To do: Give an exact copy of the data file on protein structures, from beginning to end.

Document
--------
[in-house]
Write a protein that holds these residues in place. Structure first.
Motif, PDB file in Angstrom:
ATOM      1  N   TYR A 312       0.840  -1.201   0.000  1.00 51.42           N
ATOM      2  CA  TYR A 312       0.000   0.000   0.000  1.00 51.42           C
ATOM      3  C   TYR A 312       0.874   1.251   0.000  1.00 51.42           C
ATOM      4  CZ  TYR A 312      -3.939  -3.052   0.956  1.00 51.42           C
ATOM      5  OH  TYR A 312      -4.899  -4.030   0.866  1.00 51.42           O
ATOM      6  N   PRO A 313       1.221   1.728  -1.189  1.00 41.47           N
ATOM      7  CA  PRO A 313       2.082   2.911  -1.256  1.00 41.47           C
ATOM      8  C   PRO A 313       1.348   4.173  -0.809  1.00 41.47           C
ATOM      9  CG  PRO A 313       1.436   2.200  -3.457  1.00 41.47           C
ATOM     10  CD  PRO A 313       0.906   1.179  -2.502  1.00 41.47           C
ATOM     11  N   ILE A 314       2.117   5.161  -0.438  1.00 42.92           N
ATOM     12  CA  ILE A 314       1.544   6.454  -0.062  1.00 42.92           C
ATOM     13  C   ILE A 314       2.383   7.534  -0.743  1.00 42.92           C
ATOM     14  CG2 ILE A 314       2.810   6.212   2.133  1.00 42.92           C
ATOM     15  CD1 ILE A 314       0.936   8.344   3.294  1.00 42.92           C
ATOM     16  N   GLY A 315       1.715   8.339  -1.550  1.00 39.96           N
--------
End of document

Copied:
[in-house]
Write a protein that holds these residues in place. Structure first.
Motif, PDB file in Angstrom:
ATOM      1  N   TYR A 312       0.840  -1.201   0.000  1.00 51.42           N
ATOM      2  CA  TYR A 312       0.000   0.000   0.000  1.00 51.42           C
ATOM      3  C   TYR A 312       0.874   1.251   0.000  1.00 51.42           C
ATOM      4  CZ  TYR A 312      -3.939  -3.052   0.956  1.00 51.42           C
ATOM      5  OH  TYR A 312      -4.899  -4.030   0.866  1.00 51.42           O
ATOM      6  N   PRO A 313       1.221   1.728  -1.189  1.00 41.47           N
ATOM      7  CA  PRO A 313       2.082   2.911  -1.256  1.00 41.47           C
ATOM      8  C   PRO A 313       1.348   4.173  -0.809  1.00 41.47           C
ATOM      9  CG  PRO A 313       1.436   2.200  -3.457  1.00 41.47           C
ATOM     10  CD  PRO A 313       0.906   1.179  -2.502  1.00 41.47           C
ATOM     11  N   ILE A 314       2.117   5.161  -0.438  1.00 42.92           N
ATOM     12  CA  ILE A 314       1.544   6.454  -0.062  1.00 42.92           C
ATOM     13  C   ILE A 314       2.383   7.534  -0.743  1.00 42.92           C
ATOM     14  CG2 ILE A 314       2.810   6.212   2.133  1.00 42.92           C
ATOM     15  CD1 ILE A 314       0.936   8.344   3.294  1.00 42.92           C
ATOM     16  N   GLY A 315       1.715   8.339  -1.550  1.00 39.96           N